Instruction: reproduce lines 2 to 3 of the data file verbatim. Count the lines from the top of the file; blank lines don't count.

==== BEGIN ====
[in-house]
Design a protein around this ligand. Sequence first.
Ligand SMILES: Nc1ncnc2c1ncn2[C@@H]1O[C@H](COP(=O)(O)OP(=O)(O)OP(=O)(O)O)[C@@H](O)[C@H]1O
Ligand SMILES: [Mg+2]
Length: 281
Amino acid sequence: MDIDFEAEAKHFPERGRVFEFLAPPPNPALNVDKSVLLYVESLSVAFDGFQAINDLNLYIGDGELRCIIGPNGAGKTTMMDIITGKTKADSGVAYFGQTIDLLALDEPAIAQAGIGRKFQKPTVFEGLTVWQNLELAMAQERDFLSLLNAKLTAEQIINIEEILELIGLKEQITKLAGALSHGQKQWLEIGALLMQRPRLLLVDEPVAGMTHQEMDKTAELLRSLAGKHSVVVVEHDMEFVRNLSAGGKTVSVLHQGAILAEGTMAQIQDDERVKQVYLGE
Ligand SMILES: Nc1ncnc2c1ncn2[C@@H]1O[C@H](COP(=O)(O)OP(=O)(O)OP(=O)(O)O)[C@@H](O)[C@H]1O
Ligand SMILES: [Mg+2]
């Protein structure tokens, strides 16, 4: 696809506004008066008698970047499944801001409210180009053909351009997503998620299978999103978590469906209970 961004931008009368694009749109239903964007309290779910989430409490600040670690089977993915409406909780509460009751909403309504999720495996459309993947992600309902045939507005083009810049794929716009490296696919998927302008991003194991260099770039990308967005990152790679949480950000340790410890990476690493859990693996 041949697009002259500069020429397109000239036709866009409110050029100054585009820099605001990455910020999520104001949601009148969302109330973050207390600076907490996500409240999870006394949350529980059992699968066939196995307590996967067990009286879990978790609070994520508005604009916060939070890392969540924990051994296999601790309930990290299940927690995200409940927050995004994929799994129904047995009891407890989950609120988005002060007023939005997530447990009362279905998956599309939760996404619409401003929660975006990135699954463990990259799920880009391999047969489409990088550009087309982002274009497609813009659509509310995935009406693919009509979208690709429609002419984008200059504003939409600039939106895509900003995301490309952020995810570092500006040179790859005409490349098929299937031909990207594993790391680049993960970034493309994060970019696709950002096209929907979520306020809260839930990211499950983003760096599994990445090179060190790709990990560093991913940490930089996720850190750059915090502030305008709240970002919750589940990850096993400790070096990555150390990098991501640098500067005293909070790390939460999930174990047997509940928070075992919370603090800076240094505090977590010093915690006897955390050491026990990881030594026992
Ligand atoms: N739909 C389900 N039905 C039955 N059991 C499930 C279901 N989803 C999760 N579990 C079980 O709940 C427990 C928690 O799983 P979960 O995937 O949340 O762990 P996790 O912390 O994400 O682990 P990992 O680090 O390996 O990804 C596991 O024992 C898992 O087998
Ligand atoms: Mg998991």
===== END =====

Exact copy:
Design a protein around this ligand. Sequence first.
Ligand SMILES: Nc1ncnc2c1ncn2[C@@H]1O[C@H](COP(=O)(O)OP(=O)(O)OP(=O)(O)O)[C@@H](O)[C@H]1O